Act 1: Japanese Prime Minister Had to Fly In to Fukushima In the Middle of the Night to Get the Scoop from Low-Level Nuclear Workers … Because Tepco Wouldn’t Tell Him the Truth
In this 27-second video, Amy Goodman summarizes her interview with Japanese Prime Minister Naoto Kan:
We just came from Tokyo. We broadcast for three days from Japan. And we’re going to play the interview I did with the former prime minister, the one in charge at the time [of the Fukushima disaster], Naoto Kan. He said it was extremely difficult to get a straight answer from TEPCO, the Tokyo Electric Power Company, that ran the plants, and he had to fly in. He figured the only place he could get a straight, nonpolitical answer—he flew in the middle of the night to the plant to talk to the workers to figure out whether he had to evacuate 50 million people in Tokyo.
This is not the first time Tepco has been less than honest:
- An official Japanese government investigation concluded that the Fukushima accident was a “man-made” disaster, caused by “collusion” between government and Tepco and bad reactor design
- Tepco knew right after the 2011 accident that 3 nuclear reactors had lost containment, that the nuclear fuel had “gone missing”, and that there was in fact no real containment at all. Tepco has desperately been trying to cover this up for 2 and a half years … instead pretending that the reactors were in “cold shutdown”
- Tepco admitted that it’s known for 2 years that massive amounts of radioactive water are leaking into the groundwater and Pacific Ocean, but covered it up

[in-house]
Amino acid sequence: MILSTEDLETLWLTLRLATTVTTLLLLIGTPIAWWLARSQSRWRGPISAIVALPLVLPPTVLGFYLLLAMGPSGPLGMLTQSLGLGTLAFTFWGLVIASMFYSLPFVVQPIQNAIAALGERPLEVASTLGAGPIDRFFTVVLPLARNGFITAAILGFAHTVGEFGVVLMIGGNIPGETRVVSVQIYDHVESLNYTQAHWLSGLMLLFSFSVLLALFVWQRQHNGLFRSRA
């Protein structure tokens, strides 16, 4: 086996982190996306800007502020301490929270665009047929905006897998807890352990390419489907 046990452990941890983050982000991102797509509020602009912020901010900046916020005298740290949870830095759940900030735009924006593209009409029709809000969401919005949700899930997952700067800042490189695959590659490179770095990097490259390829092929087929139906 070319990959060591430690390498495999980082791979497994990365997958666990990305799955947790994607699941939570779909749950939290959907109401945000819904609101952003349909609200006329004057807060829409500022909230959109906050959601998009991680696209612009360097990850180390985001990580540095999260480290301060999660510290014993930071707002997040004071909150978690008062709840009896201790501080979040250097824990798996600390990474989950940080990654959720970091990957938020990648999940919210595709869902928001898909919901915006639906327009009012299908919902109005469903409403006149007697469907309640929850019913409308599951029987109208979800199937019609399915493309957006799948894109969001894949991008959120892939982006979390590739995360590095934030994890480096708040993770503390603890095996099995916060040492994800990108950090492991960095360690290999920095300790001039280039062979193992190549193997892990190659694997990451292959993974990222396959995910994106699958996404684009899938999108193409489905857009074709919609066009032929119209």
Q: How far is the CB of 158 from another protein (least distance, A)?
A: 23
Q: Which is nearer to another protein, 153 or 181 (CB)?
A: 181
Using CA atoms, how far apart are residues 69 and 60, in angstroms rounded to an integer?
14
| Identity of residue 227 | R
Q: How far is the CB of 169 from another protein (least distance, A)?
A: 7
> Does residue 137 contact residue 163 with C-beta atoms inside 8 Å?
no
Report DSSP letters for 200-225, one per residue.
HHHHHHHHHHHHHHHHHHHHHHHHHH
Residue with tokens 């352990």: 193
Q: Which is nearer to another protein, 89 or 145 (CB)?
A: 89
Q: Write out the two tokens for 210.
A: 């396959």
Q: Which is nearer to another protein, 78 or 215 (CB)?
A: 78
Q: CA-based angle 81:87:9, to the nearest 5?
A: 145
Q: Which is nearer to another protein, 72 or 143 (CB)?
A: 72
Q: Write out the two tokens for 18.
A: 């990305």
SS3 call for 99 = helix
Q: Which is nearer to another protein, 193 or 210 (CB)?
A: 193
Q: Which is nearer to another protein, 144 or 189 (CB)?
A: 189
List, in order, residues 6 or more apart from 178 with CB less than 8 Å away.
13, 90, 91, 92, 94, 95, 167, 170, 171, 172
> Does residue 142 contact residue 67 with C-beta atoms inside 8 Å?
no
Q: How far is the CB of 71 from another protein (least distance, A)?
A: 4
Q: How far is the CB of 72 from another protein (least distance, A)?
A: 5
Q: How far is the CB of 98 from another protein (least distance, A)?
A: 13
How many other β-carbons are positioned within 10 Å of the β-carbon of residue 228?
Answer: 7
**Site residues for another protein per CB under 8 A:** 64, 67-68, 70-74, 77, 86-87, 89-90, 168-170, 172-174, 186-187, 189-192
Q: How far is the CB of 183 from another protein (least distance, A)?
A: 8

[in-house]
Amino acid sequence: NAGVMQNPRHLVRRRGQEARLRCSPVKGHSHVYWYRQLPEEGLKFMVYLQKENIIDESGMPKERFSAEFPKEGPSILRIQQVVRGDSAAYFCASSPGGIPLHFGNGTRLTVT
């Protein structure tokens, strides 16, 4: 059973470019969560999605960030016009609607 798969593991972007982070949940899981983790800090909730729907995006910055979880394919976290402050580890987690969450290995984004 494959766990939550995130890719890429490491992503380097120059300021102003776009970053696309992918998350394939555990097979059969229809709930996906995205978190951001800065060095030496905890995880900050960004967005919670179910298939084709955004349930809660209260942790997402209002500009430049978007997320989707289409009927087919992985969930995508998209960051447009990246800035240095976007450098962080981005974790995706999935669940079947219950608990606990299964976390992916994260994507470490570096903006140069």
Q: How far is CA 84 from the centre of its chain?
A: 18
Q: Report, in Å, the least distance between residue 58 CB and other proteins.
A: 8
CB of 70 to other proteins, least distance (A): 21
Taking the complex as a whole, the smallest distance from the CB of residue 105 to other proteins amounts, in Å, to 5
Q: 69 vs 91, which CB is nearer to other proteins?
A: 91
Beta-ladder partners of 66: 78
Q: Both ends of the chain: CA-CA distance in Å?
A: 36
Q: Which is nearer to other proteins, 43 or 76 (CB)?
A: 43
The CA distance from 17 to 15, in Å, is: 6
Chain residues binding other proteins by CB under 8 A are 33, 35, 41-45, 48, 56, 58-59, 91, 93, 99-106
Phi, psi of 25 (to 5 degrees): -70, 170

- Tepco falsely claimed that all of the radiation was somehow contained in the harbor right outside the nuclear plants
- Tepco has substantially under-reported the amount of radiation released at Fukushima
- Tepco – with no financial incentive to actually fix things – has only been pretending to clean it up. And see this
Act 2: U.S.Nuclear Authorities Were Extremely Worried About West Coast Getting Hit By Fukushima Radiation … But Publicly Said It Was SafeNuclear expert Ed Lyman - chief scientist at the Union of Concerned Scientists - said:
While the U.S. government was telling the American people there was nothing to fear from Fukushima and that U.S. plants aren’t vulnerable to the same problems, internally, they were—there was a much different story. So we’ve learned from a lot of Freedom of Information Act documents that the Nuclear Regulatory Commission and the White House were actually very concerned about the potential impact of radiation from Fukushima affecting not only Americans in Tokyo, which was more than a hundred miles away from the plant, but also Americans on the West Coast. And they were furiously running calculations to try to figure out how bad it could get. But there was no sense of this in what they were telling the public.